The state’s Department Environmental Protection launched its own “Skip the Straw” campaign earlier this year, and cities like Coral Gables, Fort Lauderdale, Miami Beach and St. Petersburg have passed regulations about plastic utensils.

Recalling how few vetoes were made during his 10-year career in the Legislature, Miami Beach Mayor Dan Gelber said the governor’s veto meant a lot.

“I am very grateful,” Gelber said Friday night. “Our residents want to strive to keep our environment as pristine as possible. I think the governor helped us today. Sometimes I think the Legislature does overreach on some of these issues and obviously, the governor thought so too.”

In a video Gelber shared with lawmakers, he warned that the bill “would have a disastrous impact” on the environment and economy in Miami Beach.

“If our residents don’t want a more pristine beachfront, they will elect different people,” he said.

Miami Herald staff writer David Smiley contributed to this report.



ALSO IN THIS SECTION

  1. Rep. Erin Grall, R-Vero Beach, speaks on the floor of the Florida House. Grall is sponsoring a bill for the second time that would require parental consent for minors to obtain an abortion.
    The legislation would enact a consent requirement for minors.
  2. Florida Governor Ron DeSantis. "OCTAVIO JONES   |   TIMES"  |  Times
    He could use his position on the Board of Clemency to allow nonviolent felons to serve on juries and run for office.
  3. Rep. Bruce Antone, D-Orlando, says the Legislative Black Caucus will prioritize both public education and school choice during the 2020 Florida session. The caucus held a news conference on Oct. 22, 2019. The Florida Channel
    The caucus announced its 2020 goals for justice, housing and other key issues, as well, with members saying they will stick together to pursue them.
  4. CHRIS URSO   |   Times
Florida Governor elect Ron DeSantis, right, thanks supporters including Ukrainian businessman Lev Parnas, left, Tuesday, Nov. 6, 2018 in Orlando. DeSantis defeated Democratic candidate Andrew Gillum. CHRIS URSO  |  Times
    This new fact indicates an attempt to directly influence DeSantis’ early policy agenda as he took office, one that DeSantis said was unsuccessful.
  5. Pre-season baseball practice at Wesley Chapel High School. Lawmakers want to ensure student-athletes remain safe in the Florida heat as they participate in high school sports. DIRK SHADD  |  Times
    PreK-12 Innovation chairman Rep. Ralph Massullo expects legislation requiring some ‘simple things.’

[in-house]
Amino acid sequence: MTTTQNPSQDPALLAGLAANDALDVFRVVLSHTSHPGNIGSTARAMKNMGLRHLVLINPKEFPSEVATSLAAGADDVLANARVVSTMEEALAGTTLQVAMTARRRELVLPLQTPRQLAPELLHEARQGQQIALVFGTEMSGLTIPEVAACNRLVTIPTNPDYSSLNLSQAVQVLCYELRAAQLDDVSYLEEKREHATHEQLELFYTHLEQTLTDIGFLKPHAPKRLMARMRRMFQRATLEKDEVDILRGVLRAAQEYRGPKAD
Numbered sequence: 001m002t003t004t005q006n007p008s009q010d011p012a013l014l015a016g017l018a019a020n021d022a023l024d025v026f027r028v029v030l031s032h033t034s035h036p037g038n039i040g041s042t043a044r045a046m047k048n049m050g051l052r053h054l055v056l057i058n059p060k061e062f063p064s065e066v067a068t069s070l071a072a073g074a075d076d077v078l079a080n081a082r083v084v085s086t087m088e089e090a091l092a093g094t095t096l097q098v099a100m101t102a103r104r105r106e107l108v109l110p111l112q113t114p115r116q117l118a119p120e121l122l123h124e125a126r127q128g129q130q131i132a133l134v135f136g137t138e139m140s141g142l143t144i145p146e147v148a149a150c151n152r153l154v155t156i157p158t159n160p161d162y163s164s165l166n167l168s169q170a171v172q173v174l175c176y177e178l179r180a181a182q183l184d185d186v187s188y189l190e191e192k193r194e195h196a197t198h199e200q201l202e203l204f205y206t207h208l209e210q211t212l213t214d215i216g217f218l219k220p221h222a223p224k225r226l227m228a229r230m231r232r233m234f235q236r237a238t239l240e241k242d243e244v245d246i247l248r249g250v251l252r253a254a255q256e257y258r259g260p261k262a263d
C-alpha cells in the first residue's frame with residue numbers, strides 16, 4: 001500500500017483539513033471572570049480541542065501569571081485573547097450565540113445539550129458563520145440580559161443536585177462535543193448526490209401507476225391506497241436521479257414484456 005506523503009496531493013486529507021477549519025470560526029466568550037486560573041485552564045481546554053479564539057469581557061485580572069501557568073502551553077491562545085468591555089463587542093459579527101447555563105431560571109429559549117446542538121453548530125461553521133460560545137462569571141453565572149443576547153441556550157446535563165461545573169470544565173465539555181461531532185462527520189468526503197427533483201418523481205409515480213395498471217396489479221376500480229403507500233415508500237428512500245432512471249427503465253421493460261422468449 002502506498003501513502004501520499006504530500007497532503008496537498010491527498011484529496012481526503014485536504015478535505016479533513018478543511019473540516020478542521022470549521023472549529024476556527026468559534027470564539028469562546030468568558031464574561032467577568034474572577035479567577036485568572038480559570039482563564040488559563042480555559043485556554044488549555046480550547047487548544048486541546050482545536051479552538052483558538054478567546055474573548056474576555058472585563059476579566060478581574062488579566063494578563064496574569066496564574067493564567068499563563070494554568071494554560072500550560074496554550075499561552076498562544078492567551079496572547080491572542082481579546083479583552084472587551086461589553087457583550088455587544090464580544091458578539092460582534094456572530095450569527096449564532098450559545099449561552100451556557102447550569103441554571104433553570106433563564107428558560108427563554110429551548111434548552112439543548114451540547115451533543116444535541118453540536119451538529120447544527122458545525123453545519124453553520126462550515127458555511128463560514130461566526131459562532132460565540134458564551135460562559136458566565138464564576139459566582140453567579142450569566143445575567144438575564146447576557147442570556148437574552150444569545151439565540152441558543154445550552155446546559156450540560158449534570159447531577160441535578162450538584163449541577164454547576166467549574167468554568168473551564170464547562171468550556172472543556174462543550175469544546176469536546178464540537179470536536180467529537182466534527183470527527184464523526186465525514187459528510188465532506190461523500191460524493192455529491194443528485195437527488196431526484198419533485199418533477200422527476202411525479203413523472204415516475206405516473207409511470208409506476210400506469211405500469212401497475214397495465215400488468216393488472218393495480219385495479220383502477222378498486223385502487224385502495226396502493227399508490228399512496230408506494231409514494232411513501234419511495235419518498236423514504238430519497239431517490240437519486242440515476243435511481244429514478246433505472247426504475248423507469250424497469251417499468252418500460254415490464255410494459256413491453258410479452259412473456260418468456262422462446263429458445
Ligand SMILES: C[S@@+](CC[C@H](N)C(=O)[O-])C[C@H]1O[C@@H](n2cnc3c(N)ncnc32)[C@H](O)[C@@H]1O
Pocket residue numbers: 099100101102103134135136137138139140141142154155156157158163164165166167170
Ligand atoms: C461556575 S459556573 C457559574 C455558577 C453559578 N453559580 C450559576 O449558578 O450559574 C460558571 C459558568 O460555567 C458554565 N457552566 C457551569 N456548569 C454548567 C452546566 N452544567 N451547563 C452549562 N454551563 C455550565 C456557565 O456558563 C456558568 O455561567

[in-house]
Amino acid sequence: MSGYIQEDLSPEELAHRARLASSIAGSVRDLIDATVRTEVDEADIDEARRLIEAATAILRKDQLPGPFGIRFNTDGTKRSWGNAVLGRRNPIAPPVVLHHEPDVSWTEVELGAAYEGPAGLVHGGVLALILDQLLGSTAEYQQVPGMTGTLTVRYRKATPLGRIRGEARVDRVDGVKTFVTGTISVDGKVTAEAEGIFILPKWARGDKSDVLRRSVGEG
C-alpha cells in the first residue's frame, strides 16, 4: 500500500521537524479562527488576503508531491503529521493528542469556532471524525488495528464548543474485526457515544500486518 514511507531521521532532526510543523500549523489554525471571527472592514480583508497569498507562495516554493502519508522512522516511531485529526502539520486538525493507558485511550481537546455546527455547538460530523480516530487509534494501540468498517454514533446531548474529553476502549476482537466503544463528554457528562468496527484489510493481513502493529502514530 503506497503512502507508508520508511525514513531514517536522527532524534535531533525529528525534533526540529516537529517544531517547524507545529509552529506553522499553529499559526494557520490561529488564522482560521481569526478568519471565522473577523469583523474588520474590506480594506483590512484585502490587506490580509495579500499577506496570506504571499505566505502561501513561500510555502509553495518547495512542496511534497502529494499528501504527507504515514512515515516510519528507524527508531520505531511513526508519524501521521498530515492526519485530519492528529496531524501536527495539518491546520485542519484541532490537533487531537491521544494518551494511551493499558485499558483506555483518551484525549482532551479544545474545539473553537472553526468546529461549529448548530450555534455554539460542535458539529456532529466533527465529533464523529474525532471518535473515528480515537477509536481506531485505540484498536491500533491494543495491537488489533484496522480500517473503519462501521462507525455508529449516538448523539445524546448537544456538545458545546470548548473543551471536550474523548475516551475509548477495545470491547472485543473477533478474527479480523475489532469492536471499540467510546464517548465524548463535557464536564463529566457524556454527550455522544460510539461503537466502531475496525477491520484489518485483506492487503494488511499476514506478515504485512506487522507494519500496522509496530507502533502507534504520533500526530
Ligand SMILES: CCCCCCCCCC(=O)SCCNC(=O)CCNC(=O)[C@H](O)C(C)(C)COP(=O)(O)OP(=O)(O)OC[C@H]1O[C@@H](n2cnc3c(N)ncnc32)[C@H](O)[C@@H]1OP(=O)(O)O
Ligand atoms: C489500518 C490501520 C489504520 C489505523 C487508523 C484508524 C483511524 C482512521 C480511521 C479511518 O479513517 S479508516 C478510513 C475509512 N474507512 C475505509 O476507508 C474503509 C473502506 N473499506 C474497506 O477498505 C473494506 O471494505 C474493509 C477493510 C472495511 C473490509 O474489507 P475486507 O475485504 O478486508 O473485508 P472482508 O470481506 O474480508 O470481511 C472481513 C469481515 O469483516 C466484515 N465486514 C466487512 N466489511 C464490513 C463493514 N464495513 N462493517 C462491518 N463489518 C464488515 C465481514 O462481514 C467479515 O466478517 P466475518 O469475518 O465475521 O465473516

6. President Donald Trump speaking during a Cabinet meeting in the Cabinet Room of the White House, Monday, Oct. 21, 2019, in Washington. (AP Photo/Pablo Martinez Monsivais) PABLO MARTINEZ MONSIVAIS  |  AP
    And few people are on the fence.
  7. Former sheriff of Broward County Scott Israel, right, and his attorney Benedict Knuhne wait their turn to speak to the Senate Rules Committee concerning his dismissal by Gov. Ron DeSantis, Monday Oct. 21, 2019, in Tallahassee, Fla. (AP Photo/Steve Cannon) STEVE CANNON  |  AP
    The full Senate will vote on the issue Wednesday.
  8. Parents of students at Marjory Stoneman Douglas High School, where a shooter killed 17 people in 2018, push petitions for 2020 ban on assault weapons in Florida. (Miami Herald) MIAMI HERALD
    After months of glitches, the Department of State is resorting to a paper workaround while ballot initiatives face higher costs.
  9. U.S. Rep. Francis Rooney.
    The Naples Republican recently refused to rule out a vote to impeach President Donald Trump.
  10. Former Pasco County Corrections Officer Wendy Miller, 57 runs towards gunfire with instructor Chris Squitieri during active shooter drills taught by Pasco County Sheriff's Office at Charles S. Rushe Middle School in Land O' Lakes. These drills are put are a larger training program for the Guardian program that will staff elementary schools with trained armed guards.  LUIS SANTANA   |   Times "LUIS SANTANA  |  TIMES"  |  Tampa Bay Times
    The change is a reversal of a previous move by the department, which specifically excluded armed teachers from its policy.
Advertisement
Advertisement
Advertisement